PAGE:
The Humour Condition
By Laura Hely Hutchinson
Big belly laughs, shared memes, happy tears – humour provides us with some of the most genuine and memorable bonding experiences imaginable. The Humour Condition, the new play from Closed Shop Theatre, takes an in-depth look into our relationship with humour and the different ways it can affect our lives.
The piece, which was on for three days at The Lion and Unicorn during Camden Fringe, was put together by six promising students from East 15 Acting School. The actors play individual but interweaving characters struggling with an aspect of their life, as well as also playing other supporting roles for each other’s storylines.
The opening scene shows Jessica Robjohns playing Georgie, a successful stand-up comedian who shares her slightly traumatic experiences with the world. Turning distressing situations into laughter can be extremely cathartic and uniting, but if you have to repeat them night after night for your career, it can be hard to move past these issues. This is likely to be one of many reasons why so many stand up comedians struggle with mental health issues, and as we see by the development of Georgie throughout the show (helped by Robjohns’ very convincing performance), retelling old battles can get on top of you.
Cancer patient Ivy (played by Ellie Jones) has an entirely different issue when it comes to humour – nobody laughs around or at her anymore. Ivy’s storyline is very thought provoking – around 1 in 2 people get diagnosed with some form of cancer, and as with any illness it’s very easy to feel like a heavy burden. Jones’ brilliant performance reminds us that illness doesn’t mean you don’t want to feel normal and be surrounded by laughter every once in a while.
Lucy Kitson plays Charlotte, who is writing a thesis titled ‘The Humour Condition’. She academically is very knowledgeable about humour and how we use it, but struggles to make people laugh herself. She speaks of how humour seems to appear in her life at hard times (such as during her dad’s funeral) but not when she wants it. Charlotte’s storyline reminds us of what we all know too well, you can prepare jokes as much as you like, but it is spontaneous situational humour which is very hard to learn. Kitson’s performance as the party host and manager was enjoyable as she played these supporting roles extremely persuasively.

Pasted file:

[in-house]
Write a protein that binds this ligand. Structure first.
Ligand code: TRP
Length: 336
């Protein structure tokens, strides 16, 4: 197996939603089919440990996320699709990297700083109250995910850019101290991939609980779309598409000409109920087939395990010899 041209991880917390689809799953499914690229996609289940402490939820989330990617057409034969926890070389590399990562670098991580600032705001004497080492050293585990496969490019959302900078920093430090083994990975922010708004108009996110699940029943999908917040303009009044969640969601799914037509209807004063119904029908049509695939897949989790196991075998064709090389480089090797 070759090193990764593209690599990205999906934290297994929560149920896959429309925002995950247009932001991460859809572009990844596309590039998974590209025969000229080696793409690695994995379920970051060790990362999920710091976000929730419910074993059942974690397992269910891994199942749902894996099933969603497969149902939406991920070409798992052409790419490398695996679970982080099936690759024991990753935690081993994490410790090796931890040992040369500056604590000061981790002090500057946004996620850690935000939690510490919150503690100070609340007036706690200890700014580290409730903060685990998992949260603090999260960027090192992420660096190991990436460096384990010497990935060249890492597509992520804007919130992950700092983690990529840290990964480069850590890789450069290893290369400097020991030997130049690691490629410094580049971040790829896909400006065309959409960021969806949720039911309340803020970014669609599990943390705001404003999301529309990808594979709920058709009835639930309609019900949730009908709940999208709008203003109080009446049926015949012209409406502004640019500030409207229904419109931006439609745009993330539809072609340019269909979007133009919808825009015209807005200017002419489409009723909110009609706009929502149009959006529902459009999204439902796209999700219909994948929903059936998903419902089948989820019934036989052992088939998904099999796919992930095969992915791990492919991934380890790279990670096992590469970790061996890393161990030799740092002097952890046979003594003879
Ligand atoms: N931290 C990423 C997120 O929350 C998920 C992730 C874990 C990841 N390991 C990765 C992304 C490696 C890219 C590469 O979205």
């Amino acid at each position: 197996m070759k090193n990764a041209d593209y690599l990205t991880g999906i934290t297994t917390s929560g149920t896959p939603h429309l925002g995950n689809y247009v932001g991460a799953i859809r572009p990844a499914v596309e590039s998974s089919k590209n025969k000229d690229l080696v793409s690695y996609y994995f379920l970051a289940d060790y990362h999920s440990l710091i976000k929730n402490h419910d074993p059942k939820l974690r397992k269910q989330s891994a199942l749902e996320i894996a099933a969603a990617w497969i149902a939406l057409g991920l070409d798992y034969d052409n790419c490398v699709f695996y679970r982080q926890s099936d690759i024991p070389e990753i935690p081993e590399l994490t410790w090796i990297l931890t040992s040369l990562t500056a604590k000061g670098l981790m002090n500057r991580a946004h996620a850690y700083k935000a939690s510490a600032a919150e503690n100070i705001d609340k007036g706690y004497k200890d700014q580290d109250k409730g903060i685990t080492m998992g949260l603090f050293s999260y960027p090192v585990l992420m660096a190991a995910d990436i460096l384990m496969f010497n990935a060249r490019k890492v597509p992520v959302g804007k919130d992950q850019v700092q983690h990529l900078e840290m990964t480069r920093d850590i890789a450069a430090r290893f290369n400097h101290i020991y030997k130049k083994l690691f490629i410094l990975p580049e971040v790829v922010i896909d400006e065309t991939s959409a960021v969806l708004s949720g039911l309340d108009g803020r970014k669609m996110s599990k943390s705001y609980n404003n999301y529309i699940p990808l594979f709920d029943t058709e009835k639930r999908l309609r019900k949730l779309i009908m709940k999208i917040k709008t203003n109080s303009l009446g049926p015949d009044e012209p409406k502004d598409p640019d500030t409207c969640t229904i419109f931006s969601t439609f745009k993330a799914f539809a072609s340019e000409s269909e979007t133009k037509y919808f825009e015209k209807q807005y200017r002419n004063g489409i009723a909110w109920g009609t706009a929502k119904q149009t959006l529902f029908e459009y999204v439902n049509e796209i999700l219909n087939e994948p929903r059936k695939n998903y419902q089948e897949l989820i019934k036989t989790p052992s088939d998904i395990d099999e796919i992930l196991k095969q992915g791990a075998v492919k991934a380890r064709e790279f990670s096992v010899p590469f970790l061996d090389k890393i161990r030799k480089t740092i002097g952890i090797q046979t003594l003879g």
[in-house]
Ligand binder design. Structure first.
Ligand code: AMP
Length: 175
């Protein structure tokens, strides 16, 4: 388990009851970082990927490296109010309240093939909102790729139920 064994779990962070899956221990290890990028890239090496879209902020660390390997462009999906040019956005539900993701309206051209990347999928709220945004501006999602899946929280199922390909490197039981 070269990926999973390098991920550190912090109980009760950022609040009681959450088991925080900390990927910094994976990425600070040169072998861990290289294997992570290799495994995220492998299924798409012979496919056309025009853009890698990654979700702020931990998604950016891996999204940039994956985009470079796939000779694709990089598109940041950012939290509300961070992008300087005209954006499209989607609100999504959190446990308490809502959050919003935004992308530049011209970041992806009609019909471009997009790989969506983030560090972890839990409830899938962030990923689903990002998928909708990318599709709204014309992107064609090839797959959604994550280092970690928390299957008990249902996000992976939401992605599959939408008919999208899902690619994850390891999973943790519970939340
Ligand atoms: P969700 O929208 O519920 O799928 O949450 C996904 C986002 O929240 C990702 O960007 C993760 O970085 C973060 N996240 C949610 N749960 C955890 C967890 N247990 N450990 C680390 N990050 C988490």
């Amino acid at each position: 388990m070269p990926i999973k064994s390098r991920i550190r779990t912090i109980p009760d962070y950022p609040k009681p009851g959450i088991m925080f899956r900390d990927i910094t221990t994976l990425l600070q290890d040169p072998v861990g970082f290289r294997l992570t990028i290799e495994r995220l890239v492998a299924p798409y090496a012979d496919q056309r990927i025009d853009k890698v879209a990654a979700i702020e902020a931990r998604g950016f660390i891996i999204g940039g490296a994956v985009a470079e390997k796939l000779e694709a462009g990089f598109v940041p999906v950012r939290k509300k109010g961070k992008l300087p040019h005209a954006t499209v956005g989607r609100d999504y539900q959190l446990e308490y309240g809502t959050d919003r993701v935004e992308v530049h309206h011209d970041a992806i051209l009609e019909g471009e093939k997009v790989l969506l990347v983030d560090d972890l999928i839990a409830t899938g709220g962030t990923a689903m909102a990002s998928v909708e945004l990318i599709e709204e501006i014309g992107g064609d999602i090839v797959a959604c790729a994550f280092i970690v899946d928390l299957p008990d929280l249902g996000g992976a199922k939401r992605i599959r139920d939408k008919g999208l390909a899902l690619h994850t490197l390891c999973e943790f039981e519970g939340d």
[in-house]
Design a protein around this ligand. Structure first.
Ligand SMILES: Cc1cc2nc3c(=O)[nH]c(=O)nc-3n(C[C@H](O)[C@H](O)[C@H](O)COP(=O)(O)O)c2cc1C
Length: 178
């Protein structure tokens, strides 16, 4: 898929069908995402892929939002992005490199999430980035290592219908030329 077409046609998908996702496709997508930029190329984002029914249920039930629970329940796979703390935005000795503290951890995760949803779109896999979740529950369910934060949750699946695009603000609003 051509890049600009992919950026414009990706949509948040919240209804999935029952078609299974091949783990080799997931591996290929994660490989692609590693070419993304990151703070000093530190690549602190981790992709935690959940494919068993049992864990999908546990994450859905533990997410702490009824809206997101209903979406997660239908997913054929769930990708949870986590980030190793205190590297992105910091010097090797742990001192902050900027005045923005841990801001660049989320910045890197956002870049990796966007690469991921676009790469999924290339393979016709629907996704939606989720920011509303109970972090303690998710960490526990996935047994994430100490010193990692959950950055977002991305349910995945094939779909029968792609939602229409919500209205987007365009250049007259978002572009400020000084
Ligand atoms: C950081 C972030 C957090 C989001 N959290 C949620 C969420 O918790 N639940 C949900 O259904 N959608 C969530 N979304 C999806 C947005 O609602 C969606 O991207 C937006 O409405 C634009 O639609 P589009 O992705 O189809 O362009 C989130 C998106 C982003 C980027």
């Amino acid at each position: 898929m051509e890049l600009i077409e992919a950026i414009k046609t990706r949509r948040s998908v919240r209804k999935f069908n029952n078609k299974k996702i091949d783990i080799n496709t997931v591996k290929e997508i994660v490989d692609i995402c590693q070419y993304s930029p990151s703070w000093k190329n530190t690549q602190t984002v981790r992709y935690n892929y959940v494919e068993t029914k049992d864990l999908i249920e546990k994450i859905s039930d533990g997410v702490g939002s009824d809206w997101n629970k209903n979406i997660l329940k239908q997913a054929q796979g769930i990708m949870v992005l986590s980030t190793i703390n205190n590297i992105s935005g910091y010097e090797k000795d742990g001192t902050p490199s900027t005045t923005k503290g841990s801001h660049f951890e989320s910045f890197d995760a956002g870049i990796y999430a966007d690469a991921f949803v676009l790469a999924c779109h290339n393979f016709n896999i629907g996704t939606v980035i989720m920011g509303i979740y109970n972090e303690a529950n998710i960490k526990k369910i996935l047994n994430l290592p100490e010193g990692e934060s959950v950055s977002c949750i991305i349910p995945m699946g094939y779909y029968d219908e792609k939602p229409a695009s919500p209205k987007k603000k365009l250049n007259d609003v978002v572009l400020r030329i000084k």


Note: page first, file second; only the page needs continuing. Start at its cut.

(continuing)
Edward Chalkley plays Ben, who has social interaction difficulties, and we see how Ben reacts to being invited to and attending a party. The character is reminiscent of Christopher in The Curious Incident of the Dog in the Night-Time, especially during the scene of him walking to the party. It is very important to make sure that if there are neurodiverse in a play that their behaviours don’t turn into a joke and are informed by neurodiverse individuals themselves, so I don’t feel qualified enough as an individual to decide if Ben as a character is representative. However, Chalkley’s performance was very believable and showed a lot of potential for the future.
Joe Delacroix plays Mark, a funny and confident individual who uses humour to hide his pain and struggles with substance abuse. Mark can’t hold down a job for more than two months and often behaves inappropriately because he just can’t take life very seriously. I appreciated the scene in which Mark admits he struggles with anxiety issues, as this highlights the very real issue of toxic masculinity, leading to men struggling to talk about their mental health and instead relying on alcohol and drugs.
Finally, Peter Kinkaid plays the role of the Clown, and although it is a silent role, it is a very vital one. The clown appears in times of difficulties to show how humour can help everyone, whatever your difficulties or situations Kinkaid played this role very well through body language and facial expressions – and I’d love to see him in a speaking role in the future!
We’re excited to see what’s next for the group and you should be too – make sure you like them on Facebook: Closed Shop Theatre and follow them on Instagram: @closedshopuk to keep up to date with what they’re up to and to be the first to hear any new announcements.